"Sorry," John said, "did you say disappearance?"

Holmes made a noise which was not quite a chuckle, but an ah-ah-ah vocalisation. "What other word suits such an abrupt exit before the start of term? University life proved too strenuous for him, I imagine."

Not particularly reassuring, but John hadn't planned to do anything else with his life for the coming year. "Yes, then, I accept. Sir."

"Splendid. When you've returned with your things, check in with the Porters' lodge for your key. You must contact your Director of Studies for your schedule, but I of course will let them know to expect you. Congratulations, Mr. Watson, and good luck. Welcome to St Benedict's College."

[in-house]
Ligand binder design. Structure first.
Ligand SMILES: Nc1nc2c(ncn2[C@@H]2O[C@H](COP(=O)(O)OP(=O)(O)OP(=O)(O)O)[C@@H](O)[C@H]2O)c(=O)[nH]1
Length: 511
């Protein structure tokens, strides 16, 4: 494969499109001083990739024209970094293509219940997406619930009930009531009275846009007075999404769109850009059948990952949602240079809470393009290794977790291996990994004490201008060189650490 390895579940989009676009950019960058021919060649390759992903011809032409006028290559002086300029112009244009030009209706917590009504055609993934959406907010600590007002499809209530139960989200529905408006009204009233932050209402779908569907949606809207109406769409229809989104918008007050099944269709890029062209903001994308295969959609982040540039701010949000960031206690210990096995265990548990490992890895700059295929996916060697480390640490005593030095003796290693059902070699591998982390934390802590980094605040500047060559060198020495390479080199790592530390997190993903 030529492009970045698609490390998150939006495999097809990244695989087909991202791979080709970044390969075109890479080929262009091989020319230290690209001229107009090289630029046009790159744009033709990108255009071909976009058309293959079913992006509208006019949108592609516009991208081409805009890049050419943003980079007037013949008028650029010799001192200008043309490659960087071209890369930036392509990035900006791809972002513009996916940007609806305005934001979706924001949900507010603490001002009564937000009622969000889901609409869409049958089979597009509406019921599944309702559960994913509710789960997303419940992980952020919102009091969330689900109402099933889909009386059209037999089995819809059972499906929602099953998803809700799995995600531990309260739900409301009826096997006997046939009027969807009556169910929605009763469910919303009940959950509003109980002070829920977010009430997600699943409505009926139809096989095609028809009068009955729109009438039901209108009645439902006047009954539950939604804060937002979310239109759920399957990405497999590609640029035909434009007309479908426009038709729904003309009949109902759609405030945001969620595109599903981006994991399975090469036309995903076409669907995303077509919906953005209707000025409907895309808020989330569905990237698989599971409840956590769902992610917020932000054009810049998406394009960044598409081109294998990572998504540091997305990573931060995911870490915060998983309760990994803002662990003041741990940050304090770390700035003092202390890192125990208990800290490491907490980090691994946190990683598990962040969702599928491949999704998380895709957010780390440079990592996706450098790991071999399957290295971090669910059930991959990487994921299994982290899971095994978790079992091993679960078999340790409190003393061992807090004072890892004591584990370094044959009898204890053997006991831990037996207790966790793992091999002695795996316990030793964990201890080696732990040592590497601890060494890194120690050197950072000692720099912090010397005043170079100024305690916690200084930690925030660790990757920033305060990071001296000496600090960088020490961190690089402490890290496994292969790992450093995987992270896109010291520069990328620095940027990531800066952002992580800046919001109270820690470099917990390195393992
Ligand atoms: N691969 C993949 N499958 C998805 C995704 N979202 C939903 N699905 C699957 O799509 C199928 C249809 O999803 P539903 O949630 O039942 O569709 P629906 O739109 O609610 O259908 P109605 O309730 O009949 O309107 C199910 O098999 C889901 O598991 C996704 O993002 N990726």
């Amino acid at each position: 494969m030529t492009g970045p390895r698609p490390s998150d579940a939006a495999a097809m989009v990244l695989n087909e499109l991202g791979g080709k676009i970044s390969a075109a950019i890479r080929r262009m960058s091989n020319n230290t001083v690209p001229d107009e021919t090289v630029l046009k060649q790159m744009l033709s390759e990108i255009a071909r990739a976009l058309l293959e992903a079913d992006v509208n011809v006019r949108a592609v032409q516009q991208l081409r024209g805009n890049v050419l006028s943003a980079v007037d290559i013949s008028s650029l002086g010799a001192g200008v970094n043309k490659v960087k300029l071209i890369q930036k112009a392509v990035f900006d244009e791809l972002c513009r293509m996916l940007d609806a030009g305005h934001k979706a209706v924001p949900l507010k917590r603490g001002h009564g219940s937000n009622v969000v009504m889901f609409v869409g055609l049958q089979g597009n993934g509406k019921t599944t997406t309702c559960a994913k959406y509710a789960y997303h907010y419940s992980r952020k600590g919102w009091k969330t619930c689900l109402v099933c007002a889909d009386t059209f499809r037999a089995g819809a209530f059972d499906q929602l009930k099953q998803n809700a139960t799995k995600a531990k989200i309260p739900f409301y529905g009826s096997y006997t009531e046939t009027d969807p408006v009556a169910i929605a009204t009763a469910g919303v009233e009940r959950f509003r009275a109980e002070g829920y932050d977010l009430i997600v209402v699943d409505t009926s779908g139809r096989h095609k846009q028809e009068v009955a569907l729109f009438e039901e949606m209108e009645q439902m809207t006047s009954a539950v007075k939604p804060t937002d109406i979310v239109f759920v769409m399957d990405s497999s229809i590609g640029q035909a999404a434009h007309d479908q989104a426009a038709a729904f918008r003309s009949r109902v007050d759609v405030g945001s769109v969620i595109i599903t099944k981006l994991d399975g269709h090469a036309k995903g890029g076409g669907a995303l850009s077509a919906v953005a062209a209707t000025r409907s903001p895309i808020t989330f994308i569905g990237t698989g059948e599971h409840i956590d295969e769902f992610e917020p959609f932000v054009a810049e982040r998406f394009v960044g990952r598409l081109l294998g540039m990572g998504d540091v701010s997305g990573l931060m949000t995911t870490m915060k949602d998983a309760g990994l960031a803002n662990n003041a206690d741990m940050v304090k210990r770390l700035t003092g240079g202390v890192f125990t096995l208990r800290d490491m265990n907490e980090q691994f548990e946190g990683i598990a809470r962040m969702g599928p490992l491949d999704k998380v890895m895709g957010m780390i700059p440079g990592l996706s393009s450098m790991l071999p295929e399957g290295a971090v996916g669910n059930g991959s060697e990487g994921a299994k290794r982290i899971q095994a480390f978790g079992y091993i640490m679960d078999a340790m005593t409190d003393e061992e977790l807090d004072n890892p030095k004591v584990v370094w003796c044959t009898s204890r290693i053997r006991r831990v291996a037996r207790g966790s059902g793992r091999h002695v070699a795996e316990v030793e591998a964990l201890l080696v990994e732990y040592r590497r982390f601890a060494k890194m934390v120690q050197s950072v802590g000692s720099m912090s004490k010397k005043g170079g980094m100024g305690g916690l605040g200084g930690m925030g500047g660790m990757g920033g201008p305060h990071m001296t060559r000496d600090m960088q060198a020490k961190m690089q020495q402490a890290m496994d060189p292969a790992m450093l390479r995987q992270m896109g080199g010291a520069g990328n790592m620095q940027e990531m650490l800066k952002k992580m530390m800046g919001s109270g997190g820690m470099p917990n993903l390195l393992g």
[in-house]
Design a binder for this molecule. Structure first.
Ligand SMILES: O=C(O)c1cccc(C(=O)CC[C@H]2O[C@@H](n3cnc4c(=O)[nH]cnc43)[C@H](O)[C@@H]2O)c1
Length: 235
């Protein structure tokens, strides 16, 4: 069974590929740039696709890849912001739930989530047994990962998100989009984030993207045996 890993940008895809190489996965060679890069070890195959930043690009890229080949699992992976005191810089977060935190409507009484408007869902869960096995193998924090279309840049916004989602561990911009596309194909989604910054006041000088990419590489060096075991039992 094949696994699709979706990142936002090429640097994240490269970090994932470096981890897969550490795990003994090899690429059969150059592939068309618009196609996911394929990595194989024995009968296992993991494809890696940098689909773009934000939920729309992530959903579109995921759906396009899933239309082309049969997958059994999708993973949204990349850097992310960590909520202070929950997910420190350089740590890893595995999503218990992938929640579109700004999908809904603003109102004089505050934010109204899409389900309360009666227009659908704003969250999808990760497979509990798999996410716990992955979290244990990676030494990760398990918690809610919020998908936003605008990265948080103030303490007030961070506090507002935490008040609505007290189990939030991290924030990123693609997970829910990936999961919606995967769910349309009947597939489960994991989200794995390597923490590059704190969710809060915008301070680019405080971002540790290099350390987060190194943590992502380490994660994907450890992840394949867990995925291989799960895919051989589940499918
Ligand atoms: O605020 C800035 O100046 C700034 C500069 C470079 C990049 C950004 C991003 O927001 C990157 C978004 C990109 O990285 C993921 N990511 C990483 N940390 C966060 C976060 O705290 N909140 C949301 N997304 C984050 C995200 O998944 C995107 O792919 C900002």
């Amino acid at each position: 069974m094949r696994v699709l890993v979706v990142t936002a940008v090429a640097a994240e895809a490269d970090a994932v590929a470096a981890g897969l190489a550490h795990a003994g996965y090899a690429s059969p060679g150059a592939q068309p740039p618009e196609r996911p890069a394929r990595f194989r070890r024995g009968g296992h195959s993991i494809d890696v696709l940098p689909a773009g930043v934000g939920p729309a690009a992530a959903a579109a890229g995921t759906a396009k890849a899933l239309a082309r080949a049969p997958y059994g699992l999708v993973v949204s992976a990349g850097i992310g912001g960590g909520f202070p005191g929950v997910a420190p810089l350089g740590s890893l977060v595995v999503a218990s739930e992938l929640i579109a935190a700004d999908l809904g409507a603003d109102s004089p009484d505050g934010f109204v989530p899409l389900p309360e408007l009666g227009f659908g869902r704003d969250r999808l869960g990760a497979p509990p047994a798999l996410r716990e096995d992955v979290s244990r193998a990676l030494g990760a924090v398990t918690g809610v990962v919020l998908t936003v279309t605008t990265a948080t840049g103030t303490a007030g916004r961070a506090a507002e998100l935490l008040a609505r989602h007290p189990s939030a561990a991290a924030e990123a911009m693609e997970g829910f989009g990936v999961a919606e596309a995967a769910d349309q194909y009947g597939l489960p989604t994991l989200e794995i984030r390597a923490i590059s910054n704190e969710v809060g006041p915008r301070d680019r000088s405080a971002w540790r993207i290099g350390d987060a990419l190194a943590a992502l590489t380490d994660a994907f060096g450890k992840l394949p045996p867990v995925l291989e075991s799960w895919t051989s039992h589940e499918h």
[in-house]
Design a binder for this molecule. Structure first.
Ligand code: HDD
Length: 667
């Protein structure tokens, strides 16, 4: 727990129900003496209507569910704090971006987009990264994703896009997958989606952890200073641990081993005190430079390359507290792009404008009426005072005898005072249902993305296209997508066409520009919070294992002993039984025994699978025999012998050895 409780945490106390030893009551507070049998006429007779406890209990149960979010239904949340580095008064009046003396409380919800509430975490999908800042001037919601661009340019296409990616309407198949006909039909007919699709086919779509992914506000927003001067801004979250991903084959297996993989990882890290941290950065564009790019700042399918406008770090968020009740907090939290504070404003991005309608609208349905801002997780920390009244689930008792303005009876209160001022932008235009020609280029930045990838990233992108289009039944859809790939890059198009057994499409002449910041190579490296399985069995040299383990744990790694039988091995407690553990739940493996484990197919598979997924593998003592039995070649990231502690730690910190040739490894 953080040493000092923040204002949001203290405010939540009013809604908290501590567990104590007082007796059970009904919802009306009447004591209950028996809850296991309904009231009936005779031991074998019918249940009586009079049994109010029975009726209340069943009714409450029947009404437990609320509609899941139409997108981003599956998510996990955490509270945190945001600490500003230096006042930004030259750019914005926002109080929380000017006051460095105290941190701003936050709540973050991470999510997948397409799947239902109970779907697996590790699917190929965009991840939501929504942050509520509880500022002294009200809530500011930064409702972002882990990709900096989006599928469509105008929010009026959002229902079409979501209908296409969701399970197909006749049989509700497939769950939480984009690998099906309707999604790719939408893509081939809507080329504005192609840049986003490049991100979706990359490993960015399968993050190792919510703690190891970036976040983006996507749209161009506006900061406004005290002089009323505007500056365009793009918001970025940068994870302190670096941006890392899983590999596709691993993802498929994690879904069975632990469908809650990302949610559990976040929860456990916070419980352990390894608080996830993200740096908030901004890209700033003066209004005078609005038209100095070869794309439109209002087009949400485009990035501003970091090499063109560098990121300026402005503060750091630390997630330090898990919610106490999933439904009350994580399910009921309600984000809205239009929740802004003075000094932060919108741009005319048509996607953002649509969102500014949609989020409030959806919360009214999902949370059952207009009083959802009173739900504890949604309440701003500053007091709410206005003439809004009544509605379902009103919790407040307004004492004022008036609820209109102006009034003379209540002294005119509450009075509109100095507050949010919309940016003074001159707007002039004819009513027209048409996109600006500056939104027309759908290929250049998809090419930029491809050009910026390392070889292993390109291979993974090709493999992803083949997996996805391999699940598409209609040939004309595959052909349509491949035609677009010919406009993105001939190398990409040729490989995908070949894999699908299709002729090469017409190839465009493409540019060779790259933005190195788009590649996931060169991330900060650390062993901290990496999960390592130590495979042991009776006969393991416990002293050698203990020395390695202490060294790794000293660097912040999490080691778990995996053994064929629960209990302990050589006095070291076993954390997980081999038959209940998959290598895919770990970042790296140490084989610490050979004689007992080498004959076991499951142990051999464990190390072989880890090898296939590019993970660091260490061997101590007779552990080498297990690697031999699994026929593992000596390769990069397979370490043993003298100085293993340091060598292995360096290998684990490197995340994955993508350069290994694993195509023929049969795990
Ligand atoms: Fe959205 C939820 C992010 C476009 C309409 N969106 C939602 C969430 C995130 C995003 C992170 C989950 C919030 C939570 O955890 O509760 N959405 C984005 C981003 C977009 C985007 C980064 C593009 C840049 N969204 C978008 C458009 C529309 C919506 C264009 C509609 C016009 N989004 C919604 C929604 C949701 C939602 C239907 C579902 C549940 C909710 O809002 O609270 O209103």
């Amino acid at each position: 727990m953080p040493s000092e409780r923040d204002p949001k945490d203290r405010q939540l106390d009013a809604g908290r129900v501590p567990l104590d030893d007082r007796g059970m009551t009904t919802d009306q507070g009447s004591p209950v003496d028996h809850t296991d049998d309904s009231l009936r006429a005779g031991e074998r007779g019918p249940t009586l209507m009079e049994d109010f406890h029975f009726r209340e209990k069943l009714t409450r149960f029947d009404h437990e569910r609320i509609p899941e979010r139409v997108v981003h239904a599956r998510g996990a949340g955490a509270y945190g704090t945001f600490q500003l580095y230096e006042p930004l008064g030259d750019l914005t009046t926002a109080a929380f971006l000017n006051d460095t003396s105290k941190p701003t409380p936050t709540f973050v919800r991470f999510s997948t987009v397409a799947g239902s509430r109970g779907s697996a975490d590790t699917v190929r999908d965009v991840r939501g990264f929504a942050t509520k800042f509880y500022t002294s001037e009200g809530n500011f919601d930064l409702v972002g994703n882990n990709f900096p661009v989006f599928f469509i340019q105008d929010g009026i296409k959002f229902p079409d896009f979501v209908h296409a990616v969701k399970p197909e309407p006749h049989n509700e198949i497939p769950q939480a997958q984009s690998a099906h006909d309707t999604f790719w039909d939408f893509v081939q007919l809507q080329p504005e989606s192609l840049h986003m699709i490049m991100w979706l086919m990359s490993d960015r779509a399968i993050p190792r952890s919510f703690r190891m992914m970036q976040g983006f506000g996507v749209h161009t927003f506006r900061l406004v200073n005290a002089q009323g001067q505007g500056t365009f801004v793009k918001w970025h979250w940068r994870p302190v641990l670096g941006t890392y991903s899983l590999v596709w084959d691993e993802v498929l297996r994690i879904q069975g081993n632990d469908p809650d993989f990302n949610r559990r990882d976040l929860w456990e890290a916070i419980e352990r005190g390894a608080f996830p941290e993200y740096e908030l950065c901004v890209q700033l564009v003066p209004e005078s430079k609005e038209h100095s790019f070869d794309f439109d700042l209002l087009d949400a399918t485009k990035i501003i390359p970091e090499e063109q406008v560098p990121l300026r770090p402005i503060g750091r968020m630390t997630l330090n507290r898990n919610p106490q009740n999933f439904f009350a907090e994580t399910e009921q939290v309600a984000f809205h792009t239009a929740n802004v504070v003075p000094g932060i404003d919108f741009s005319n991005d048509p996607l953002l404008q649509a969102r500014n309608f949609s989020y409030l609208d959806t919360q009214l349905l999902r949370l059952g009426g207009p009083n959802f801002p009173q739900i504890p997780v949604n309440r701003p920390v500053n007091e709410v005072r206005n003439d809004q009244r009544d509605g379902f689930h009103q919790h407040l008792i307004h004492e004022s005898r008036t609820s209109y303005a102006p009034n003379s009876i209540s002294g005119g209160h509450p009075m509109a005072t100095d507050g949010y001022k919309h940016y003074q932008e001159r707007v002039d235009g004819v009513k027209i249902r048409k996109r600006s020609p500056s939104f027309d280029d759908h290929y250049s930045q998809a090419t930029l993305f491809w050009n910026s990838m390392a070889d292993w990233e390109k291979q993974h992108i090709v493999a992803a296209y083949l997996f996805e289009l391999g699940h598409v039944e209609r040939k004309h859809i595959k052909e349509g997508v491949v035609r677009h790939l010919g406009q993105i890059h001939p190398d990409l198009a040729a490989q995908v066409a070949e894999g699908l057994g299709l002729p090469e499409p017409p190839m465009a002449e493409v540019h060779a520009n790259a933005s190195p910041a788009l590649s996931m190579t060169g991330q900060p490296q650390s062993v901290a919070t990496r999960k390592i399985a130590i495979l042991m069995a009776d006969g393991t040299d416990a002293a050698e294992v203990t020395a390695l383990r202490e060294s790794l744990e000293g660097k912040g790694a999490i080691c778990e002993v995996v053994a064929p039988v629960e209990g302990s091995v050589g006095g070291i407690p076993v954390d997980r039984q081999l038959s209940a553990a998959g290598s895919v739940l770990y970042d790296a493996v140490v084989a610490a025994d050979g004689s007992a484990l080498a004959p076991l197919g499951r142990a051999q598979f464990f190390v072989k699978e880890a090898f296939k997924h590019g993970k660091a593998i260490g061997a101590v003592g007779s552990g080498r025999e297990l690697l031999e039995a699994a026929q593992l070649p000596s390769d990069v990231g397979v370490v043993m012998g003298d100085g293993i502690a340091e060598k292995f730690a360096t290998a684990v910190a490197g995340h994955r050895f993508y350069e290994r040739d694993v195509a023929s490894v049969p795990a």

John was back that same evening with a single suitcase of his belongings. Term started in two days and he wanted as much time as possible to acquaint himself with his new home (and flatmate, provided the latter wasn't already too busy).

The porter on duty smirked as he fetched John the room key. "Baker's Court. Victor Trevor's old room. Good luck, mate."

"Do I really need it?" John asked.

The porter gave a harsh laugh. "The lad you're sharing with. You'll see."

An irritating response. John resolved to like his neighbour.

He found room 221 without much trouble. Out of courtesy, he knocked rather than simply letting himself in. No answer. He knocked again and waited only a moment, since his good shoulder ached from carrying the suitcase and he was eager to set it down.